Photo from Boy Scouts of America My husband is an Eagle Scout. I once made the mistake of saying he was an Eagle Scout, which is incorrect because once you achieve the honor of an Eagle Scout, you are always an Eagle Scout.
He corrected me because of how strongly he feels about the role Scouting played in his life growing up and his respect for the organization. Which I admire.
But still, I'm left scratching my head over this: Cub Scouts (along with Tiger Cubs and Webelos) can earn a merit badge for playing video games. Yes. Video games.
According to the website for Boy Scouts of America, Cub Scouts can earn a loop for completing three requirements. (Only Boy Scouts earn actual merit badges. Cubs can earn loops or pins.) Those three requirements are:
1. Explain why it is important to have a rating system for video games. Check your video games to be sure they are right for your age.
2. With an adult, create a schedule for you to do things that includes your chores, homework, and video gaming. Do your best to follow this schedule.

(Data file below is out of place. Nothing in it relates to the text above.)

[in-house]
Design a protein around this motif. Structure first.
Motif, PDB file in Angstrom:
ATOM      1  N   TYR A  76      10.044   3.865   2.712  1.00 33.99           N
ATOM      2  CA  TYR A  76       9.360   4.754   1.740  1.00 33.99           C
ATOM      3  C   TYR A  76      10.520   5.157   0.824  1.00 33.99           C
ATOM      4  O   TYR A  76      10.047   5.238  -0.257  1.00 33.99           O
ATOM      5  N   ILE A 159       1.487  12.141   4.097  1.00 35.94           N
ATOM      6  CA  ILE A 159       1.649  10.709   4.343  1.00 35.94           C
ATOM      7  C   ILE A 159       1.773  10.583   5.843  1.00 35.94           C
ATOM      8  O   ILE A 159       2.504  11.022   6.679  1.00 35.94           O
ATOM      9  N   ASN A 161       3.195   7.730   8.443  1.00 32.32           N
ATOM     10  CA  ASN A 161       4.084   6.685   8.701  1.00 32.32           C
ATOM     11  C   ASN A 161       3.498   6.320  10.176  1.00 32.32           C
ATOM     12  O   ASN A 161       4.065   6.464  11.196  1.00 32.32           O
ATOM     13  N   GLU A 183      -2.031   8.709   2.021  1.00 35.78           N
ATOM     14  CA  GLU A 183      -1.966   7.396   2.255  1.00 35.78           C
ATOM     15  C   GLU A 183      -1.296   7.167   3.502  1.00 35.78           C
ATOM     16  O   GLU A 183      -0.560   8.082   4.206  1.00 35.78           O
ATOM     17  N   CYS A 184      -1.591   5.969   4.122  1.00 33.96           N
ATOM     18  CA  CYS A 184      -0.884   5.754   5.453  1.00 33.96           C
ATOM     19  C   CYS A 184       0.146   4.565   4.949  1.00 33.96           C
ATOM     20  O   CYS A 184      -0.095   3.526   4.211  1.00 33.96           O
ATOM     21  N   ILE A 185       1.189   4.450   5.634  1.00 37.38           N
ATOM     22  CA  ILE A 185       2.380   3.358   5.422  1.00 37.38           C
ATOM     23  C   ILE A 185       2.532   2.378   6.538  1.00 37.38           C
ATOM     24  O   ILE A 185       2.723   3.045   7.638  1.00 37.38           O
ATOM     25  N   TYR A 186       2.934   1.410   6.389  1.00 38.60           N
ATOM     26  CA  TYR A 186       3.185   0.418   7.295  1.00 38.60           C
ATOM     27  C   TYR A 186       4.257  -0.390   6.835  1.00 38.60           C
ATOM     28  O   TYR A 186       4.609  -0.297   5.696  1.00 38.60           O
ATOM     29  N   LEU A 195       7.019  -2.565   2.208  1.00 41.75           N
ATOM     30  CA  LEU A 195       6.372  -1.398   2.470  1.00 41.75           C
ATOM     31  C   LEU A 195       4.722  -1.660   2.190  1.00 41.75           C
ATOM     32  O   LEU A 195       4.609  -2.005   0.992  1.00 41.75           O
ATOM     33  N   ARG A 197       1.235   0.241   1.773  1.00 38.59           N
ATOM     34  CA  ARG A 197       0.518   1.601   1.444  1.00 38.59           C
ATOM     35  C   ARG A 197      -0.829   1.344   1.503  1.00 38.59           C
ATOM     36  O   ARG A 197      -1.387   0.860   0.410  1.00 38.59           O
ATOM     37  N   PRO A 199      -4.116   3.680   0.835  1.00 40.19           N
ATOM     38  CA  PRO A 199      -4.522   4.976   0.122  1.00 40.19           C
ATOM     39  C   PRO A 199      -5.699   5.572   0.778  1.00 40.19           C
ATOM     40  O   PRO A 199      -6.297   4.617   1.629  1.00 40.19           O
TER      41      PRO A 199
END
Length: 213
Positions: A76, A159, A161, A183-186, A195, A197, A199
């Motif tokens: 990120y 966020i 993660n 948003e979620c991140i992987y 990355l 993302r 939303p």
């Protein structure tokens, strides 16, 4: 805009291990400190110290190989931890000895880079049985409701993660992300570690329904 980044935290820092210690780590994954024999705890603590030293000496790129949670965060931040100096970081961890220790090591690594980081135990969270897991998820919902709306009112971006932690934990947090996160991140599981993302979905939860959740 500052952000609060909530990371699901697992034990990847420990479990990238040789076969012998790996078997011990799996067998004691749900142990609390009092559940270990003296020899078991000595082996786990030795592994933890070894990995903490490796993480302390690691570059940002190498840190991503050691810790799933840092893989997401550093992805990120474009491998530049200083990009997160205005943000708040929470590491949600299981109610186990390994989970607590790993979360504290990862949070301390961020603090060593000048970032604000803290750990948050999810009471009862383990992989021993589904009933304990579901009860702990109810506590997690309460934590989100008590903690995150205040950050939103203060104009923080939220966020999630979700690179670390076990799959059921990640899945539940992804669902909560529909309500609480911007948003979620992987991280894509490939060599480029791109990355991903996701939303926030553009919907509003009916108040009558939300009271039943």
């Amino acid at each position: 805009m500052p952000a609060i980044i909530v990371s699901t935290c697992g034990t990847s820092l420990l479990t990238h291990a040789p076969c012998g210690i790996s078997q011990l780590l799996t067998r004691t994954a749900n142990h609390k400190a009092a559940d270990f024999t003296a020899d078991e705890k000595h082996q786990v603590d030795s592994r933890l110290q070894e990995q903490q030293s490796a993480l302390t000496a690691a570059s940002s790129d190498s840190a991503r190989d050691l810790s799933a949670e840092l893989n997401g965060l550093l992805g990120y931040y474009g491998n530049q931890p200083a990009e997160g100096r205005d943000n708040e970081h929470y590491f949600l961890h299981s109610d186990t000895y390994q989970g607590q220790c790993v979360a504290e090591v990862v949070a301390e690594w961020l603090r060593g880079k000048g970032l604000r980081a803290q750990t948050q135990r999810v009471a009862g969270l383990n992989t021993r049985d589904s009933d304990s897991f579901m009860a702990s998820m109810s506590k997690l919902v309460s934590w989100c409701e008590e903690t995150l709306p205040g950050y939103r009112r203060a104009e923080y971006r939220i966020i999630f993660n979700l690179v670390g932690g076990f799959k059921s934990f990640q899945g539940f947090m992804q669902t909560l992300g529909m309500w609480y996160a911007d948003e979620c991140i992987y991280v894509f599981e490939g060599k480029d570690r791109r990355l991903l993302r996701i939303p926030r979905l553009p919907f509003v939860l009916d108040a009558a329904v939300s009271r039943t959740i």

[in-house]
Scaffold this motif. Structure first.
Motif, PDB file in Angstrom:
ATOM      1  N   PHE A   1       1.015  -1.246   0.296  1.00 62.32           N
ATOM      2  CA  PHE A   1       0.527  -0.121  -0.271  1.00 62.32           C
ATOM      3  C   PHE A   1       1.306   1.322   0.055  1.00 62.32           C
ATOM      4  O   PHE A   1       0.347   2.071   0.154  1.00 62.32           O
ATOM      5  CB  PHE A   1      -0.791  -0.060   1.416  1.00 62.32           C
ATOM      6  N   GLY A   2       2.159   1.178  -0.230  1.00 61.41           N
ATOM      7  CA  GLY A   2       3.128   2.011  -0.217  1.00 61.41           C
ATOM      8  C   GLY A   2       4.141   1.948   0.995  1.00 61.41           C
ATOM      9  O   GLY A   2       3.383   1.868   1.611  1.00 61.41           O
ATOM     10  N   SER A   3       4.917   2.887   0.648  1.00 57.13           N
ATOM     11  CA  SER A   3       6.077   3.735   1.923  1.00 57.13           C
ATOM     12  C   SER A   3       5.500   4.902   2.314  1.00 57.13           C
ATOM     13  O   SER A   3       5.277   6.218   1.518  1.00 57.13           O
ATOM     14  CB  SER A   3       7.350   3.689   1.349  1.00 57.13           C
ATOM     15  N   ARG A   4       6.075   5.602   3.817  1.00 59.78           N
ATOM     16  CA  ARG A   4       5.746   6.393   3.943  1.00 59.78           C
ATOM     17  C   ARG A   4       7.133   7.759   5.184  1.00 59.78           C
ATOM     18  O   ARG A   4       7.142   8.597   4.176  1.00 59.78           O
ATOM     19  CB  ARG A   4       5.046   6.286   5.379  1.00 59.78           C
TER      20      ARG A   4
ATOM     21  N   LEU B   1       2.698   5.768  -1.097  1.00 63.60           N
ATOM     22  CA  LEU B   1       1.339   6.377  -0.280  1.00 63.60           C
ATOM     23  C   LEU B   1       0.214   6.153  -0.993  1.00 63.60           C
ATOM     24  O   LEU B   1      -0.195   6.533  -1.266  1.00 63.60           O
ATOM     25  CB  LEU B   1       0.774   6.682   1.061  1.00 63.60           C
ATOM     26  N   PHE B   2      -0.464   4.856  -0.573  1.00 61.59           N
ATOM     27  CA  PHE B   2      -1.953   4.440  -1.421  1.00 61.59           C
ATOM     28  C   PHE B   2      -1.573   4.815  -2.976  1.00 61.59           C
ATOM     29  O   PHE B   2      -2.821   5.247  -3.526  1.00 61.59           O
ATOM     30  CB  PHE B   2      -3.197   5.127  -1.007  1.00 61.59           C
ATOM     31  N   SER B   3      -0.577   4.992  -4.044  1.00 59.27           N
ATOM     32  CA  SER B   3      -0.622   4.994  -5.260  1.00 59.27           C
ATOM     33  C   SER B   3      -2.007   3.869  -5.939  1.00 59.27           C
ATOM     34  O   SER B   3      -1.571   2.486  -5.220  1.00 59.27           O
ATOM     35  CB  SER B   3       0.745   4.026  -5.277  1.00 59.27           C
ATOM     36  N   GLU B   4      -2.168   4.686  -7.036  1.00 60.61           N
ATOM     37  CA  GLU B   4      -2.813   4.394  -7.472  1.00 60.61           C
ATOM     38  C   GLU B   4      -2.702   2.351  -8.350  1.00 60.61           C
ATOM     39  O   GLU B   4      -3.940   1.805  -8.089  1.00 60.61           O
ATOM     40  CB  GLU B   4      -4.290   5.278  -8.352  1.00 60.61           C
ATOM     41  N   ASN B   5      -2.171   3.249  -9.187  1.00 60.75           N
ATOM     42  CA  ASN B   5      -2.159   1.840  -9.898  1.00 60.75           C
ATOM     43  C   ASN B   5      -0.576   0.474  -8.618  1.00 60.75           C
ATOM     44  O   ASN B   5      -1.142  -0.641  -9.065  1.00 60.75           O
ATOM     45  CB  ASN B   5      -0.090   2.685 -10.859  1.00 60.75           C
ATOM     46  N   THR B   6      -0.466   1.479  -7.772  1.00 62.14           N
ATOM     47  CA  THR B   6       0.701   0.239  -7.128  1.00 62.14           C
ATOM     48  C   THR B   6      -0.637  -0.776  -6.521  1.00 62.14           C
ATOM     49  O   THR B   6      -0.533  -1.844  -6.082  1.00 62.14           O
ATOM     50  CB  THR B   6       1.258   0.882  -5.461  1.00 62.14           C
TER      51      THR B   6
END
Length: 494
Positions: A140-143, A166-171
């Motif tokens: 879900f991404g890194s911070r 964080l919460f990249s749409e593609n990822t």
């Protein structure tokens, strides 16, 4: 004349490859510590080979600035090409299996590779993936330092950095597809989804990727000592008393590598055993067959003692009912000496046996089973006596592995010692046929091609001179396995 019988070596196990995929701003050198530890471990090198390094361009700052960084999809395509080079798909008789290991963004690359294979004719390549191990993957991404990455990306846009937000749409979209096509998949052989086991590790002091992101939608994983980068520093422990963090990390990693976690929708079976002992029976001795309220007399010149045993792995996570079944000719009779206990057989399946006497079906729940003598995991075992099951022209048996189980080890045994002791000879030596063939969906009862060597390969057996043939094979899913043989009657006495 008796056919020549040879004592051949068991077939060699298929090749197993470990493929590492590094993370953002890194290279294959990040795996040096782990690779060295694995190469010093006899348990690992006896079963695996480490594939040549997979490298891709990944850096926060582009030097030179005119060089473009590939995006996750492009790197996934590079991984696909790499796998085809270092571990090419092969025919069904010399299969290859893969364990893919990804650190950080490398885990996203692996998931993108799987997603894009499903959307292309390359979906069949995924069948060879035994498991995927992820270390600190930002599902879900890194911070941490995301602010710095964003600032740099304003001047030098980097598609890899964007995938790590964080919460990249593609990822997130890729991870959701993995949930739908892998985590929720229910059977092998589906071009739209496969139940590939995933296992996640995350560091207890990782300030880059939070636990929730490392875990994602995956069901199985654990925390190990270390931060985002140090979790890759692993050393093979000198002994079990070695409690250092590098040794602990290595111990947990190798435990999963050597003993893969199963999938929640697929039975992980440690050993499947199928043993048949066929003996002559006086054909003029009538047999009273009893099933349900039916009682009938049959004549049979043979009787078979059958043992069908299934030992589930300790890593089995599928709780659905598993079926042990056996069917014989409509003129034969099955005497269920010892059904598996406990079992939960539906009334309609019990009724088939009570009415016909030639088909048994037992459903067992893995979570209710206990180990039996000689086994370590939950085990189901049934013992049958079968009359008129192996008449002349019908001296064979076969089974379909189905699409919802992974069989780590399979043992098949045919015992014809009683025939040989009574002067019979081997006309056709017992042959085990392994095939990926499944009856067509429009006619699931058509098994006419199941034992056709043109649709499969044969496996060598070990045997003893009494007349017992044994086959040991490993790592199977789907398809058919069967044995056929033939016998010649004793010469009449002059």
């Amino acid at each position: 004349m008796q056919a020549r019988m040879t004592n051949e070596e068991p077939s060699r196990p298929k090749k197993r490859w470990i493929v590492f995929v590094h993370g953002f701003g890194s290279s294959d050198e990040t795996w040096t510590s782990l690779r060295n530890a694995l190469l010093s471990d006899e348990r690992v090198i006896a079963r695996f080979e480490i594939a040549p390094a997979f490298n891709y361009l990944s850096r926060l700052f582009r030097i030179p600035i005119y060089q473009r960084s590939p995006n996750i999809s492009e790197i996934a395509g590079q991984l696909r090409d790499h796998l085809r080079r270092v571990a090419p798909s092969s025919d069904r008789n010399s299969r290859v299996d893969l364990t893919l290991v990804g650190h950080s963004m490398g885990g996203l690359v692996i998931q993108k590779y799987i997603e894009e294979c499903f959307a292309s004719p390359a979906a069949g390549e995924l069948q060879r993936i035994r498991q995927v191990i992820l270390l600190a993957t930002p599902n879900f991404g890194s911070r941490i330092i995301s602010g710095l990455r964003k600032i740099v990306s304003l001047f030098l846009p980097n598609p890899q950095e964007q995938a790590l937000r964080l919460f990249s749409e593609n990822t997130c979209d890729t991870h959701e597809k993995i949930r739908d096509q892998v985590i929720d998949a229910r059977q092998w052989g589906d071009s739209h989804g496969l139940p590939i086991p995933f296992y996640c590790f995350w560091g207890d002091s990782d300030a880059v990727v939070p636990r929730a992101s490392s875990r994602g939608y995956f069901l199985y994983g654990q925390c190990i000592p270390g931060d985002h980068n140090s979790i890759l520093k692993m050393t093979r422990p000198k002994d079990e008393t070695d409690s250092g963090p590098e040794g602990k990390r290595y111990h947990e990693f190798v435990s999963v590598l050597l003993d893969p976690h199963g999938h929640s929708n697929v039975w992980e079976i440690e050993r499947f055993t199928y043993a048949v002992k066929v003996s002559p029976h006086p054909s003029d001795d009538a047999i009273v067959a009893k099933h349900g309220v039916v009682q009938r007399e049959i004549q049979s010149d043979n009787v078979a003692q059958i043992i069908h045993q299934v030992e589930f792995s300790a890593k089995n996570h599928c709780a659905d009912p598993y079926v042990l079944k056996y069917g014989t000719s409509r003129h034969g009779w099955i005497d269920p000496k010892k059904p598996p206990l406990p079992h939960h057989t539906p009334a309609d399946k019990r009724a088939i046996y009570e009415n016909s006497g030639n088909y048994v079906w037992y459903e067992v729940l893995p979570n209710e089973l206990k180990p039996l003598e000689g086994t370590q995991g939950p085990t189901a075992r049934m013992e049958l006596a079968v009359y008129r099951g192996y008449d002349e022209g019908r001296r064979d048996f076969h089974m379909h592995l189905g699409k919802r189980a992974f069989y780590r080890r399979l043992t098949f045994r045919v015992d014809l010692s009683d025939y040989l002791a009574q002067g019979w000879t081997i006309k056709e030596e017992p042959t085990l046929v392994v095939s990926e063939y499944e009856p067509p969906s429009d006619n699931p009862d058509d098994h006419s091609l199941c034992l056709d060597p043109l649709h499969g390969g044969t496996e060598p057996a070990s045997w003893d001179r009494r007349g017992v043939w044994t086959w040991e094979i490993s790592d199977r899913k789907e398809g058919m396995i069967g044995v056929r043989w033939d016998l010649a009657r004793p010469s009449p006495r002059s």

3. Learn to play a new video game that is approved by your parent, guardian, or teacher.
Renee Fairrer, a spokeswoman for the Boy Scouts, told the Wall Street Journal that what really prompted this decision for the Scouts was the release of Nintendo’s Wii. “With young people, there’s an issue with healthiness,” she said. “The Wii Fit is something a child can do in their house.”
I think I understand that the Boy Scouts are trying to be more current in what they offer, and I think the requirements do promote a sense of responsibility, which is good. I also like that they include working with your parents or an adult.
On the other hand, I thought most people enrolled their sons in Scouts to get them out of the house and away from a television set? To be outside and getting fresh air and exercise?
Do you think learning to play a video game is a skill?
Going to baseball games
Riding bike rides in the nice weather
Playing outside after work/school
Going for walks outside